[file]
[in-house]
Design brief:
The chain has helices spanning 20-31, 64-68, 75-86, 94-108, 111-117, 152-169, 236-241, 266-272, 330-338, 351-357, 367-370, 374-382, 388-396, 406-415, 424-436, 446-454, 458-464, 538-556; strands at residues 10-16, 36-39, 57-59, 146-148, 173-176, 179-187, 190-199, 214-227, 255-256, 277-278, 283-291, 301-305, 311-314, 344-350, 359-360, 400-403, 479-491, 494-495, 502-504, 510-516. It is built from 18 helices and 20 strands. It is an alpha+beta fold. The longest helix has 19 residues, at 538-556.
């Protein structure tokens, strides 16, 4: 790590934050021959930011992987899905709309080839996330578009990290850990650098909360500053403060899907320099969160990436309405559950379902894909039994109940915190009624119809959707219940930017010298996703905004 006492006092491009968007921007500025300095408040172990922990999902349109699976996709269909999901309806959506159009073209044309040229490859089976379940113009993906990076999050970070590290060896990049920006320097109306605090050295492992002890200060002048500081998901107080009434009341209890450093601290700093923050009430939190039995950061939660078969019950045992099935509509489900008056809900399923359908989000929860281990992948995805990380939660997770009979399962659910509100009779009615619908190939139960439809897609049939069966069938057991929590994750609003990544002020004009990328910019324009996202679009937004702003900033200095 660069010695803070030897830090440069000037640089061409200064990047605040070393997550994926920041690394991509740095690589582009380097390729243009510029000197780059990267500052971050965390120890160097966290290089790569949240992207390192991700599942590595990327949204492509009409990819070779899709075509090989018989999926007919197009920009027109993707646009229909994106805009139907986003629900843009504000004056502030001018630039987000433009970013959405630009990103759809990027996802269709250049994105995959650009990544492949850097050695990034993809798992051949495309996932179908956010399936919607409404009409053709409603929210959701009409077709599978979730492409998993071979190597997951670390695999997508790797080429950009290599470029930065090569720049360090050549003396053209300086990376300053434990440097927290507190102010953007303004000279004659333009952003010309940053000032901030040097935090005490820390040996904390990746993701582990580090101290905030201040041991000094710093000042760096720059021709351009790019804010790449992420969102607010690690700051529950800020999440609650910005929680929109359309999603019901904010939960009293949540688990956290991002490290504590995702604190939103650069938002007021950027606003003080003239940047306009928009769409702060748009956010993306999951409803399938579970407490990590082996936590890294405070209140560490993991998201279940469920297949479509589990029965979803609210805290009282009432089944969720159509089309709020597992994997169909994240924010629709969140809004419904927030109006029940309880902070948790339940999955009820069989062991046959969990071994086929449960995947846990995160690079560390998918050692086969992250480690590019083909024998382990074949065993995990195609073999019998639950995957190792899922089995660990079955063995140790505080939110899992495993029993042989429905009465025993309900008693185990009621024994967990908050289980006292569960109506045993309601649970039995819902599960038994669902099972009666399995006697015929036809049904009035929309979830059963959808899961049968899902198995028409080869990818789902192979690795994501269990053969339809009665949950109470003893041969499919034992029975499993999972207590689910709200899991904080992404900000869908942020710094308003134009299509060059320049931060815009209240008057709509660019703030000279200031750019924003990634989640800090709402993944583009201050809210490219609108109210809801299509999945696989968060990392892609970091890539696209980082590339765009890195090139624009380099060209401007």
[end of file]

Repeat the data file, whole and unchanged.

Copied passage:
[in-house]
Design brief:
The chain has helices spanning 20-31, 64-68, 75-86, 94-108, 111-117, 152-169, 236-241, 266-272, 330-338, 351-357, 367-370, 374-382, 388-396, 406-415, 424-436, 446-454, 458-464, 538-556; strands at residues 10-16, 36-39, 57-59, 146-148, 173-176, 179-187, 190-199, 214-227, 255-256, 277-278, 283-291, 301-305, 311-314, 344-350, 359-360, 400-403, 479-491, 494-495, 502-504, 510-516. It is built from 18 helices and 20 strands. It is an alpha+beta fold. The longest helix has 19 residues, at 538-556.
């Protein structure tokens, strides 16, 4: 790590934050021959930011992987899905709309080839996330578009990290850990650098909360500053403060899907320099969160990436309405559950379902894909039994109940915190009624119809959707219940930017010298996703905004 006492006092491009968007921007500025300095408040172990922990999902349109699976996709269909999901309806959506159009073209044309040229490859089976379940113009993906990076999050970070590290060896990049920006320097109306605090050295492992002890200060002048500081998901107080009434009341209890450093601290700093923050009430939190039995950061939660078969019950045992099935509509489900008056809900399923359908989000929860281990992948995805990380939660997770009979399962659910509100009779009615619908190939139960439809897609049939069966069938057991929590994750609003990544002020004009990328910019324009996202679009937004702003900033200095 660069010695803070030897830090440069000037640089061409200064990047605040070393997550994926920041690394991509740095690589582009380097390729243009510029000197780059990267500052971050965390120890160097966290290089790569949240992207390192991700599942590595990327949204492509009409990819070779899709075509090989018989999926007919197009920009027109993707646009229909994106805009139907986003629900843009504000004056502030001018630039987000433009970013959405630009990103759809990027996802269709250049994105995959650009990544492949850097050695990034993809798992051949495309996932179908956010399936919607409404009409053709409603929210959701009409077709599978979730492409998993071979190597997951670390695999997508790797080429950009290599470029930065090569720049360090050549003396053209300086990376300053434990440097927290507190102010953007303004000279004659333009952003010309940053000032901030040097935090005490820390040996904390990746993701582990580090101290905030201040041991000094710093000042760096720059021709351009790019804010790449992420969102607010690690700051529950800020999440609650910005929680929109359309999603019901904010939960009293949540688990956290991002490290504590995702604190939103650069938002007021950027606003003080003239940047306009928009769409702060748009956010993306999951409803399938579970407490990590082996936590890294405070209140560490993991998201279940469920297949479509589990029965979803609210805290009282009432089944969720159509089309709020597992994997169909994240924010629709969140809004419904927030109006029940309880902070948790339940999955009820069989062991046959969990071994086929449960995947846990995160690079560390998918050692086969992250480690590019083909024998382990074949065993995990195609073999019998639950995957190792899922089995660990079955063995140790505080939110899992495993029993042989429905009465025993309900008693185990009621024994967990908050289980006292569960109506045993309601649970039995819902599960038994669902099972009666399995006697015929036809049904009035929309979830059963959808899961049968899902198995028409080869990818789902192979690795994501269990053969339809009665949950109470003893041969499919034992029975499993999972207590689910709200899991904080992404900000869908942020710094308003134009299509060059320049931060815009209240008057709509660019703030000279200031750019924003990634989640800090709402993944583009201050809210490219609108109210809801299509999945696989968060990392892609970091890539696209980082590339765009890195090139624009380099060209401007």